Tia Richardson is an integrative community artist based in Milwaukee, WI. She gained local attention after collaborating with the Sherman Park community to create an outdoor mural entitled “Sherman Park Rising.” In August of 2016, the Sherman Park area in Milwaukee, WI gained national attention after the unrest that occurred, learn more here. She sat down to talk about all this and the path that led her here.
Madison Grace: Have you always been interested in the arts?
Tia Richardson: Since I was about four or five; I would draw with colored pencils and markers. I did a lot of illustrations growing up with my dad. He’s an artist too. He doesn’t practice it full time but he taught me how to draw. When I was little I was always doodling, loved to color, loved to write stories; continuing all through high school.
MG: What did you do post high school?
TR: I didn’t have a straightforward path through college. I didn’t always have the best G.P.A in high school but I had some teachers who were advocates for me, along with my parents. Because of my arts skills I was able to get into Milwaukee Institute of Art and Design. My GPA alone would've made it really hard. I got into art school, went there for my first year and then I decided I wanted to transfer to a school where I could study different things, like language and be a part of the track team. I ran track all the way through high school, because of my dad, he was a track coach. I transferred to UW Stout, I was there for a semester. I wasn’t sure what I wanted to study or what I wanted to major in. There were so many things and I didn’t want to pick just one; Fine Art Major. I ended up transferring to MATC. I graduated there and I studied graphic design. Growing up it wasn’t on my radar, I wasn’t thinking to myself when I grow up I want to be a graphic designer. I graduated in 2003.
MG: After that long-winded journey, you've got a degree in graphic design, what comes next?
TR: When I graduated I worked at a small print company and I was behind a computer all day. Who knows where I’d be if I hadn’t gotten laid off. That’s really what started my community art focus. When I got laid off, I couldn’t find another job in that field. I went to some of the nonprofits my friends had recommended to me in the past, who teach arts. When I approached these organizations, they needed me to have an idea of what I would teach. I went to Arts at Large and they accepted me right away. They helped me write a proposal, sit down with the teachers and work out the details. None of that was a part of my college education. All of those non- profits, Arts at Large and Artists Working in Education, they helped me start my community art career as a part time, contracted artist that would be in a school for a number of weeks, usually from 3 to 6 weeks. I discovered that I really enjoyed the creativity that went into figuring out what am I going to do with this group in a way that's collaborative, in a way that's going to have a beautiful outcome, where everyone can participate. Murals are the best way that I can do that. The collaborative way of working on one big group project got me into what I’m doing now. That was in 2007. Ever since then I’ve been stepping it up and seeing how far people are willing to go in that process with me.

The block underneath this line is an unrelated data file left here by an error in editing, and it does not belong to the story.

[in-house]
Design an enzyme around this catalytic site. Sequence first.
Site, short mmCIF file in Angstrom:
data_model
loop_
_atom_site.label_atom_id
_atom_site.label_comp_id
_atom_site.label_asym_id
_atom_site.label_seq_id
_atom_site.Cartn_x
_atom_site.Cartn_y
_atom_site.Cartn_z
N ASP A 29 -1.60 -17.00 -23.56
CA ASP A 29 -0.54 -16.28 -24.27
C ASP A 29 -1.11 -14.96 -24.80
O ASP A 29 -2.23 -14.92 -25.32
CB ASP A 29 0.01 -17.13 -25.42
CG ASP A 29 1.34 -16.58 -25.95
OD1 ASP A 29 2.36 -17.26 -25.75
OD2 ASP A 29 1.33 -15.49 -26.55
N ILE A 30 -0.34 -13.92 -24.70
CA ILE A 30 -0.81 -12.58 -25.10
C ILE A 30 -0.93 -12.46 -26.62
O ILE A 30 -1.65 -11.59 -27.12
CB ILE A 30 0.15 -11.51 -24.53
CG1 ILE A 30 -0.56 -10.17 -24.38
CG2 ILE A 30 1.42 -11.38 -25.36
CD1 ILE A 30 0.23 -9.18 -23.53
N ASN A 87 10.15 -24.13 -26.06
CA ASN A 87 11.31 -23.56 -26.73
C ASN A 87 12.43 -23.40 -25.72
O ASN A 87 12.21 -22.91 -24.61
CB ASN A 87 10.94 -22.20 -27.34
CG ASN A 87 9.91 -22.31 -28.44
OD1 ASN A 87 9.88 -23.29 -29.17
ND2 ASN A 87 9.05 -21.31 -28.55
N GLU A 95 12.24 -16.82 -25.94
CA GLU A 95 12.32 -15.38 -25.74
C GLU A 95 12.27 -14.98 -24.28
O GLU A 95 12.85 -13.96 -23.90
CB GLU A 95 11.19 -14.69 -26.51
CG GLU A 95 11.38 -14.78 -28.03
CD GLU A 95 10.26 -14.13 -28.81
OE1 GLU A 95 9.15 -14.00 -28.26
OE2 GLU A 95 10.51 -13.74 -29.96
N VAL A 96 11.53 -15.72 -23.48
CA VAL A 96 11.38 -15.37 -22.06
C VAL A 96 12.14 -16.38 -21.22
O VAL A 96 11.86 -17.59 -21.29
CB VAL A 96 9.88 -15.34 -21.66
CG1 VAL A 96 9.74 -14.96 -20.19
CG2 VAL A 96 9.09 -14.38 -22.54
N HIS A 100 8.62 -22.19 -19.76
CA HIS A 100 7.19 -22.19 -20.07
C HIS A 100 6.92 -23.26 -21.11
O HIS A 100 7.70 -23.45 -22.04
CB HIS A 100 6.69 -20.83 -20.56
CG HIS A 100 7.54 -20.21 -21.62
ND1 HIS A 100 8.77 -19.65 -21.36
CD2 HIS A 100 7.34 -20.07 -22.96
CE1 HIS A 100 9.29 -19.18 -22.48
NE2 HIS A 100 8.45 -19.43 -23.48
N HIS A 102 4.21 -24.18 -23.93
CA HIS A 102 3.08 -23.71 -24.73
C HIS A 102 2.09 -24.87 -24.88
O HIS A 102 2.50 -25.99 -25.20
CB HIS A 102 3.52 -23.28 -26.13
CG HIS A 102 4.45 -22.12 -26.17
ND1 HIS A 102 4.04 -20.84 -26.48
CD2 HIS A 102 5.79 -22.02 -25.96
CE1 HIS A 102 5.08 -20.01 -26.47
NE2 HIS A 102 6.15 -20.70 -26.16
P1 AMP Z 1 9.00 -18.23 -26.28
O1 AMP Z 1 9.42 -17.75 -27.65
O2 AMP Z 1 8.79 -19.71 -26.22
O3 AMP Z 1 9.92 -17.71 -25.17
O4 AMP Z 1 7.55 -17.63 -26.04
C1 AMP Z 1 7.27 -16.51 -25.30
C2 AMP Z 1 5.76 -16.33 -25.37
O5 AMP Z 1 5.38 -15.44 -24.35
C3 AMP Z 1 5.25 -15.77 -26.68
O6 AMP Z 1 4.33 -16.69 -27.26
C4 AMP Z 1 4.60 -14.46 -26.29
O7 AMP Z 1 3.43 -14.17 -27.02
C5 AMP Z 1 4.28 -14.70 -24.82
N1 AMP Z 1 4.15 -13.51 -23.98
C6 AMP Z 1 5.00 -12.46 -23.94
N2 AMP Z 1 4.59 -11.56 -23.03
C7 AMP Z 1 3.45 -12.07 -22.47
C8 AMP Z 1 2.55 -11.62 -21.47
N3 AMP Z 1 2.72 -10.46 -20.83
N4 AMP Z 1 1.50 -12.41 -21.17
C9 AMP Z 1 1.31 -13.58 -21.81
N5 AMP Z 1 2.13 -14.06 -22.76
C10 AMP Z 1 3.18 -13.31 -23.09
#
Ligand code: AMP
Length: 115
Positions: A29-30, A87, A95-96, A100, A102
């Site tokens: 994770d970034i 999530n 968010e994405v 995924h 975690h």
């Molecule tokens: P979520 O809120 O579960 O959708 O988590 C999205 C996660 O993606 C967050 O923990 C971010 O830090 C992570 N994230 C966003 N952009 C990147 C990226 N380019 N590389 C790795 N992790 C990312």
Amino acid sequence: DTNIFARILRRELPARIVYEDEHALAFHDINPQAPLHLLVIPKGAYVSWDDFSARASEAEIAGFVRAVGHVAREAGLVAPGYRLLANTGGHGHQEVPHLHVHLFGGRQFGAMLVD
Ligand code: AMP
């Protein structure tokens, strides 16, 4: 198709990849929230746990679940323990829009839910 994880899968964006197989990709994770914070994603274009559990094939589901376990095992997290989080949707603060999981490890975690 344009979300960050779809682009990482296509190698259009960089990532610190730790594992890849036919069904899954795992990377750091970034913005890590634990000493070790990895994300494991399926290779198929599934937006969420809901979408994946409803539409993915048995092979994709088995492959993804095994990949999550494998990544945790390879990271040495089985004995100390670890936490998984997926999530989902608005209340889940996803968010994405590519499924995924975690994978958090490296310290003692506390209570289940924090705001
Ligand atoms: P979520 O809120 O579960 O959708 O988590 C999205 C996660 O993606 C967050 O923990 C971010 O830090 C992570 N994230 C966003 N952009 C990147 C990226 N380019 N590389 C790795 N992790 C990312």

MG: What is an integrative community artist?
TR: The difference between a community artist and a traditional artist is, a traditional artist works in a studio to create work to buy and sell. They make what they want to create and they put it out there, regardless of if people like it or dislike it. Sometimes those artists work in public spaces and they get some type of community input. In my experience the majority of the public art that’s out there has a limited level of engagement with the community. A community artist, takes the community’s ideas and includes them in the design process as much as possible. A community artist brings the community to the table.
MG: What were the circumstances that led to the “Sherman Park Rising” Mural?
TR: Before the Sherman Park uprising of 2016, there was a group of community organizations that reached out and wanted to create a mural on a side of a building that had been vacant for a long time. Then after the unrest happened the project was put on hold because they didn’t have funding. A few months later the city contacted me and had attained funding, because of the unrest they wanted this to be an investment, something permanent. I got on board and then it took about 9 months to find a permanent place to put the mural. By then it was 2017 and I met with the community twice to see what they wanted people to known about their community. And how they could move forward. There still was a lot of pain and anger about what had happened and how it had been handled. The best way, I thought, to move forward was to focus on the positives, what was going right in the community.
You can find out more about Tia Richardson and the Sherman Park Rising Mural Documentary Here.